Nawal El Moutawakel has been breaking new ground since she ran barefoot through the streets of Casablanca 30 years ago as a young girl. In her own words, she became “the first Muslim, Arab, African woman to win a gold medal at the Olympic Games”. It was Los Angeles, in 1984, and that breakthrough was just the start of great change in her life.
She has become a role model for so many women. Last month, El Moutawakel was named Minister for Youth and Sports by King Mohammed VI in her native Morocco, where she has consistently widened the parameters for women through sport.
“Sport has given me so much that whatever I give back it will never be enough,” she explained to The Daily Telegraph. Powerful message. Powerful woman.
Nine years ago she organised the first Moroccan women’s 10 km race through the streets of Casablanca. It now attracts more than 27,000 participants annually. All women. The men – husbands, brothers and neighbours – now cheer from the windows and roadsides. It is a singular display of sorority.
She is also a member of the International Olympic Committee and was president of the IOC Evaluation Commission for the 2012 Games – one of those who helped make the decision about London’s validity to be the host nation.
One of El Moutawakel’s greatest passions, which she will endeavour to roll out through her new ministerial role, is the Courir pour La Vie project, which is being run as a pilot scheme at Imam Mouslim High School, in Ben Abid, a dusty roadside village 20 miles outside Casablanca. The innovative programme promotes sports among teenage girls living in rural locations. Its aim is to use sport as the vehicle to empower the confidence and independence of the girls so that they have the resources to continue their education rather than following the traditional pattern of leaving school in their mid-teens and later entering arranged marriages. It was an uplifting, inspirational place to witness in action. The pilot version of this project could go nationwide next year. At present, it involves 180 girls, aged 12 to 15, from six schools. They take part in a sports and social programme combining basketball, volleyball and football alongside citizenship activities – including subjects such as women’s health, hygiene and nutrition. The nationwide project will be launched by the Moroccan Sport and Development Association, and could impact on the lives of as many as 20,000 girls over the next three years.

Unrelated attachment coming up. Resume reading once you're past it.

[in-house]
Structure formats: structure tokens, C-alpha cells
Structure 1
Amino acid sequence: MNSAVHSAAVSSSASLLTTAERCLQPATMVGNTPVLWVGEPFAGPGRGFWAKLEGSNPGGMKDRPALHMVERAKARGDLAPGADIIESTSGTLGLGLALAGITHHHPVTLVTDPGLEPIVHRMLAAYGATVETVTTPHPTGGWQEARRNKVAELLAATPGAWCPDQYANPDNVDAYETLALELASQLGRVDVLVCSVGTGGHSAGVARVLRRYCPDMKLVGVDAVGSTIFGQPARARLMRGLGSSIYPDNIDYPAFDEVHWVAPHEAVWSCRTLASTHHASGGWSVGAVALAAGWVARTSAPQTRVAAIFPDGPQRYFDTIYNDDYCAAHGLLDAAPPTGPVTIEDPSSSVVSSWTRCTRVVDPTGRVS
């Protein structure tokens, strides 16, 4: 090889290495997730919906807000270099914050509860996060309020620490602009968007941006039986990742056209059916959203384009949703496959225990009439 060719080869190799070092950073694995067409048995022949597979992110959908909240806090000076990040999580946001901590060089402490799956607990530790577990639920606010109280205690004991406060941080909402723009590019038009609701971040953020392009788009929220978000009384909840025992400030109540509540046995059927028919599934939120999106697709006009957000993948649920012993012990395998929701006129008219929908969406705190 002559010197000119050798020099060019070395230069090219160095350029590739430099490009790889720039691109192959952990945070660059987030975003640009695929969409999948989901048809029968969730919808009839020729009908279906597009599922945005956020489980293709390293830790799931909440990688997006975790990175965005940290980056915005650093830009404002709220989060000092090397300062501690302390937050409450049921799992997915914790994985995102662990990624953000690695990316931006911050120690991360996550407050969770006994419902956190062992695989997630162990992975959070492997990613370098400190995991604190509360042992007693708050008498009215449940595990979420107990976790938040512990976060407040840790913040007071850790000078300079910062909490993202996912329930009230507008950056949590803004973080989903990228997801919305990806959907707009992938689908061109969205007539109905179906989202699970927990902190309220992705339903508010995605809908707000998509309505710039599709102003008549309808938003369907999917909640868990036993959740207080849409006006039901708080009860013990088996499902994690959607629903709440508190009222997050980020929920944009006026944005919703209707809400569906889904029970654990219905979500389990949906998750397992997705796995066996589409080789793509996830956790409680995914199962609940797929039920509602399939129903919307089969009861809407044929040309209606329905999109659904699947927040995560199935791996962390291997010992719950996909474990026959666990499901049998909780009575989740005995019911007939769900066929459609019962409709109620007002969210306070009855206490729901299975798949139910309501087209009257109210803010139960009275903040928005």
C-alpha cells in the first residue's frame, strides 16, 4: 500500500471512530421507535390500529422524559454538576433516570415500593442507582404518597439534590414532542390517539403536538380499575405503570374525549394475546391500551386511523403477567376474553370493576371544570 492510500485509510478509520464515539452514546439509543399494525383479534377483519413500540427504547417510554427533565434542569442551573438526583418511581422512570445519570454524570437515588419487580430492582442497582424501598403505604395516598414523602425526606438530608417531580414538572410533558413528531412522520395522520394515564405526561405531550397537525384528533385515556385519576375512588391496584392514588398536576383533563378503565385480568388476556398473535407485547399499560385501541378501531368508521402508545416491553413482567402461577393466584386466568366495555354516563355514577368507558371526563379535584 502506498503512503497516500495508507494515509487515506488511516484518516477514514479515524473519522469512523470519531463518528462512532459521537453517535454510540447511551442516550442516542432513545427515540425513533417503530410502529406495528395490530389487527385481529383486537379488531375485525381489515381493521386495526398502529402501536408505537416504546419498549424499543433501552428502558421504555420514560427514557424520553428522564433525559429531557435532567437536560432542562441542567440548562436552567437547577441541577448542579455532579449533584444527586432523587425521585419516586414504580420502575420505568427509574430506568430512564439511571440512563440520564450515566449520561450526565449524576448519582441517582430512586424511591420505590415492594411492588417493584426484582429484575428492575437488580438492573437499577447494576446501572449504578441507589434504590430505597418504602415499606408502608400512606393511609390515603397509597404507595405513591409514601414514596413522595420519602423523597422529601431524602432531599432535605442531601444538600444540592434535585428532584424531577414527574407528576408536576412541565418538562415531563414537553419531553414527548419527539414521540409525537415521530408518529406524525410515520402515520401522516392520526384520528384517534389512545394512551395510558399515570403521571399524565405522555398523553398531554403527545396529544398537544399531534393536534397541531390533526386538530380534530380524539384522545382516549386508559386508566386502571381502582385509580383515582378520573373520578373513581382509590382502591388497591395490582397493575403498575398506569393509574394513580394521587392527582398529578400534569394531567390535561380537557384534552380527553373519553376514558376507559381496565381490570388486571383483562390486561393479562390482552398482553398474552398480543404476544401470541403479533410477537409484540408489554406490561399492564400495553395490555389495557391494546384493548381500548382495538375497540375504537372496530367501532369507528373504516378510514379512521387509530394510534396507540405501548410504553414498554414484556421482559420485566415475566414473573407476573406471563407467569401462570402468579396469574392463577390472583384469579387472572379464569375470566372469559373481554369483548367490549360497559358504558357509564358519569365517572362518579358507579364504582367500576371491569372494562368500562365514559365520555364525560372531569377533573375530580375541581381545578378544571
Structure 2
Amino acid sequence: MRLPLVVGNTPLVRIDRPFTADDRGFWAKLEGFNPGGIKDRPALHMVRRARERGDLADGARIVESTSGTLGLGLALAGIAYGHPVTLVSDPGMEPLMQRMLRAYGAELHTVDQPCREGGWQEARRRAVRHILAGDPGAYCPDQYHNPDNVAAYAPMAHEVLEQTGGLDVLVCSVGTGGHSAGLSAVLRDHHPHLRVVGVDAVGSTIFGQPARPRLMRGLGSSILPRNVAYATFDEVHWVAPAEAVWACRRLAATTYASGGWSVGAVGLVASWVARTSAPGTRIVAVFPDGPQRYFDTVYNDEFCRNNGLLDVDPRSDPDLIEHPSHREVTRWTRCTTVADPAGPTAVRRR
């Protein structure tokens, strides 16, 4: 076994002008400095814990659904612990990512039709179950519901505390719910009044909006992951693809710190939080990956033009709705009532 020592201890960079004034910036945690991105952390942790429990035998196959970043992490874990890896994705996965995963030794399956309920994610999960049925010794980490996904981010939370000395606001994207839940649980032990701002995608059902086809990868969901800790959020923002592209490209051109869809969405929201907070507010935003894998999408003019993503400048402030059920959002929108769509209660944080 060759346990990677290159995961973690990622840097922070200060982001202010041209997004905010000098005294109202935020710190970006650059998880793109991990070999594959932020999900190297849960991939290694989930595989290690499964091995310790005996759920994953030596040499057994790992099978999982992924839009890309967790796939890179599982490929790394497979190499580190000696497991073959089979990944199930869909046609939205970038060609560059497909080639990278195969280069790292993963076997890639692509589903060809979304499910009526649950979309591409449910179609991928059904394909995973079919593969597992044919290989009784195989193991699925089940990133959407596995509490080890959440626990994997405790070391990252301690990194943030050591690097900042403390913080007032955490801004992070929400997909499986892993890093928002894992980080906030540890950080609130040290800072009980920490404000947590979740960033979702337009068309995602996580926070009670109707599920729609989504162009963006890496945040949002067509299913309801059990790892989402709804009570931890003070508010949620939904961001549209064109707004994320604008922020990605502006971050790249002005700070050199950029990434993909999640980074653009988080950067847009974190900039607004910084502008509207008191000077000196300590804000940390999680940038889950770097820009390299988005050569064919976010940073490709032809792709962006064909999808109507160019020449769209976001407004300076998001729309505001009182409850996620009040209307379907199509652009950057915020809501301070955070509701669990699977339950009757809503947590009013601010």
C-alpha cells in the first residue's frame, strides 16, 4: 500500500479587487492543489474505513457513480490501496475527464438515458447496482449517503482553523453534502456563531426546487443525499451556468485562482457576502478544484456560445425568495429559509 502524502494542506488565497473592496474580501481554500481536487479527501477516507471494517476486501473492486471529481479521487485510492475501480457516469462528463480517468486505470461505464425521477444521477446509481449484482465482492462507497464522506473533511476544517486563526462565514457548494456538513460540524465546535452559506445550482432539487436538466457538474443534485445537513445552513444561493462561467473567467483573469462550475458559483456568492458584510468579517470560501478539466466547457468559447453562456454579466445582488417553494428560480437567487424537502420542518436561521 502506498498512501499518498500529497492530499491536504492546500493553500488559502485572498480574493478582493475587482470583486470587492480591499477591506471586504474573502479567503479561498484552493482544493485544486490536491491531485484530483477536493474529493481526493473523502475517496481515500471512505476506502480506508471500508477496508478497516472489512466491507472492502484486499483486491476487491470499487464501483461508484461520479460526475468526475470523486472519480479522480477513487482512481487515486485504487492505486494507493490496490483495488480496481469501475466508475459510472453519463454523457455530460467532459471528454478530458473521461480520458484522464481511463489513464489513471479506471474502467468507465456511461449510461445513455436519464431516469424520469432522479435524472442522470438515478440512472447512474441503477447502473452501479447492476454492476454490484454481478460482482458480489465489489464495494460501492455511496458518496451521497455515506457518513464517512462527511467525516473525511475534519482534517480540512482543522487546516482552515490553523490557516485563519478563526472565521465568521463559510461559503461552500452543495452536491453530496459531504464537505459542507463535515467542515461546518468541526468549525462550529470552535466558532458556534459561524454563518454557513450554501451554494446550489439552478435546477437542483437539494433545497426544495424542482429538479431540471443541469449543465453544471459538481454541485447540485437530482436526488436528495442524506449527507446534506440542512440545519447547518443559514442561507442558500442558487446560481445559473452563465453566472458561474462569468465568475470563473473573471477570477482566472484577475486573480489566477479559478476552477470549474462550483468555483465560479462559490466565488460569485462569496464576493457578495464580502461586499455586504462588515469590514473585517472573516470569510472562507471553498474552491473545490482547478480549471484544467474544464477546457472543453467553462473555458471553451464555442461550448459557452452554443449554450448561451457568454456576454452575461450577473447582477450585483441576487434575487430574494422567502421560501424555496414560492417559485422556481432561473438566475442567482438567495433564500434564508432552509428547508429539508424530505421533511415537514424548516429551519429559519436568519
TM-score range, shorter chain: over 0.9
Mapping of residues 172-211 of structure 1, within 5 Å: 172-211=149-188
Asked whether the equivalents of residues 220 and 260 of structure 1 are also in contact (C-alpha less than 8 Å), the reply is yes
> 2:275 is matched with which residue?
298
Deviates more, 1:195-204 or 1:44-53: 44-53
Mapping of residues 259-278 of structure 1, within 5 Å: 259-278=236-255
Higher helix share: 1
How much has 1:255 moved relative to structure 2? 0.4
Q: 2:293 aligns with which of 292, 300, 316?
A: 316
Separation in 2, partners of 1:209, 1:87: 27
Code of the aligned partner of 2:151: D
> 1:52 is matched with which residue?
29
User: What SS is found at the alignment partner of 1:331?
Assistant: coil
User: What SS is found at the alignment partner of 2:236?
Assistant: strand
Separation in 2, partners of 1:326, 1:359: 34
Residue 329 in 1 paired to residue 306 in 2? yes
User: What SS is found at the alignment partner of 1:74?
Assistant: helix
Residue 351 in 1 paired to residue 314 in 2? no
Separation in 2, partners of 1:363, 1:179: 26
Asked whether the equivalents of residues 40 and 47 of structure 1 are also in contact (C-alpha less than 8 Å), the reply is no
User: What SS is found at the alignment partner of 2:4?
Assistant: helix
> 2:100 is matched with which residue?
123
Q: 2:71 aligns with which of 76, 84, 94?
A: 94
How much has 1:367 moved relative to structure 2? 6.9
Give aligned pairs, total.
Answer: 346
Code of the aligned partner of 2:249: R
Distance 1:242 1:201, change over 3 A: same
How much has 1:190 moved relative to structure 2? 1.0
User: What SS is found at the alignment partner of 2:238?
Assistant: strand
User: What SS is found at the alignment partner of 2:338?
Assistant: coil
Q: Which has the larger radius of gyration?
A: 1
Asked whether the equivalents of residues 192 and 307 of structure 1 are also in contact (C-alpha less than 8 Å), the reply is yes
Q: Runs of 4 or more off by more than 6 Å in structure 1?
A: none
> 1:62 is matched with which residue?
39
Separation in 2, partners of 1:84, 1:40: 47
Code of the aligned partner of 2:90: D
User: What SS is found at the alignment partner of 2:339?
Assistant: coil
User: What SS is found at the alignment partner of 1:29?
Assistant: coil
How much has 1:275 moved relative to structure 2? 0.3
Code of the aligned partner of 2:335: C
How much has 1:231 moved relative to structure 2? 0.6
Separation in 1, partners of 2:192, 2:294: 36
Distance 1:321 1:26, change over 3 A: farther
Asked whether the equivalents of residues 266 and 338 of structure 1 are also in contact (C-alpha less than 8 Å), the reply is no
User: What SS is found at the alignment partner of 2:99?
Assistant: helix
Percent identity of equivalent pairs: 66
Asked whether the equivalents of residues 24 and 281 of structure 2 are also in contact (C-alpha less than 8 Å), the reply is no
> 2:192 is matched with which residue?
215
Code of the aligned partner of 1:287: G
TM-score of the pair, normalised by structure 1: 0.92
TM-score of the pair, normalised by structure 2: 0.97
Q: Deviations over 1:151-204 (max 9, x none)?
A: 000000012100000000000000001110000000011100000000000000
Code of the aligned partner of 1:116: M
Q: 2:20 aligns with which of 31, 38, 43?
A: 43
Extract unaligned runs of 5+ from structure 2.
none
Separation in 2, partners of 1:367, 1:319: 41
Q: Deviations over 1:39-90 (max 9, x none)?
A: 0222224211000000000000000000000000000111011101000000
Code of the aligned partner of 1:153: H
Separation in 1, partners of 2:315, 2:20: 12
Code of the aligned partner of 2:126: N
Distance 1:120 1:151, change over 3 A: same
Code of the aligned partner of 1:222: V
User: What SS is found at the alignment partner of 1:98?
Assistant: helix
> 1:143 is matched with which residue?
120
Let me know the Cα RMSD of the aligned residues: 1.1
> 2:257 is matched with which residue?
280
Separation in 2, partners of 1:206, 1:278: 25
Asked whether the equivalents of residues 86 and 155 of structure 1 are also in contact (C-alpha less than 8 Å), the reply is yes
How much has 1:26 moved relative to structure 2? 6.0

It is one of 50 worldwide projects supported financially by the Laureus Sport For Good Foundation, for whom El Moutawakel is the vice-chair. The mission of the foundation is to utilise the power of sport to address social challenges through a worldwide programme of sports-related community initiatives. It has already improved the lives of more than 150,000 children.
The Daily Telegraph was given exclusive access to visit Imam Mouslim High School with El Moutawakel, and Laureus World Sports Academy members Daley Thompson and ‘Marvelous’ Marvin Hagler. It was certainly an eye-opener.
El Moutawakel explained: “In Morocco we have a king who believes in the youth, because they are the future of this society. These girls are amazing, how they have changed after a year because of sport. Look in their eyes, they have more self-esteem, they are being challenged.
“My athletic race was the 400m hurdles but it has been a metaphor for my life. It has been up and down, there are sometimes obstacles in the way. You have to get over the hurdles and keep running. When I won my gold medal in 1984, I was a shy woman from Morocco. People wanted to hear from me, ask me questions. I really didn’t know what to say. It was scary. I want these young girls to have the confidence which I learnt from being pushed into the limelight.”
Certainly, the project at the school has galvanised an entire community. It has seen the school repainted, with permanent running water, electricity, basketball court, volleyball net and poles – vital supplies often taken for granted in many other countries.
The boys cheered on the sidelines as the girls played aggressive, fast basketball. The parents, who had brought lunch for the visitors, clapped and cheered. A local zouk band had turned up and played their instruments. It was a festive atmosphere.
The mood intensified as Hagler and Thompson joined the players on court. It got rough. Hagler, one of the most ferocious fighters to make his presence felt in a boxing ring, took a break on the sidelines, showing the scratches on his muscular forearms. “Look at my arms. Those girls mauled me like tigers out there,” he said. “They are fantastic. So committed.”
Thompson, the former double Olympic champion, battled and grinned on the court. He said later: “Young children, boys and girls, should have equal opportunity in life. This is a perfect example of how sport can be used as the means to break down barriers and help give youngsters a real chance to improve their situation. This is a fantastic event which has played a significant part in changing perceptions in Morocco about the role of women in society.”
El Moutawakel, our heroine, looked on proudly. And well she might. She said: “The school has changed, the kids have changed, the community has changed. Sport has taught the girls what to eat, how to stay clean, how to be aware of their body, how to dance – it is all part of their wider education.
“If we can break the mould that inhibits so many young people, we can make a profound change both in my country and around the world. It’s not a revolution, it’s a celebration.”
This Article First Appeared On The Telegraph In 2007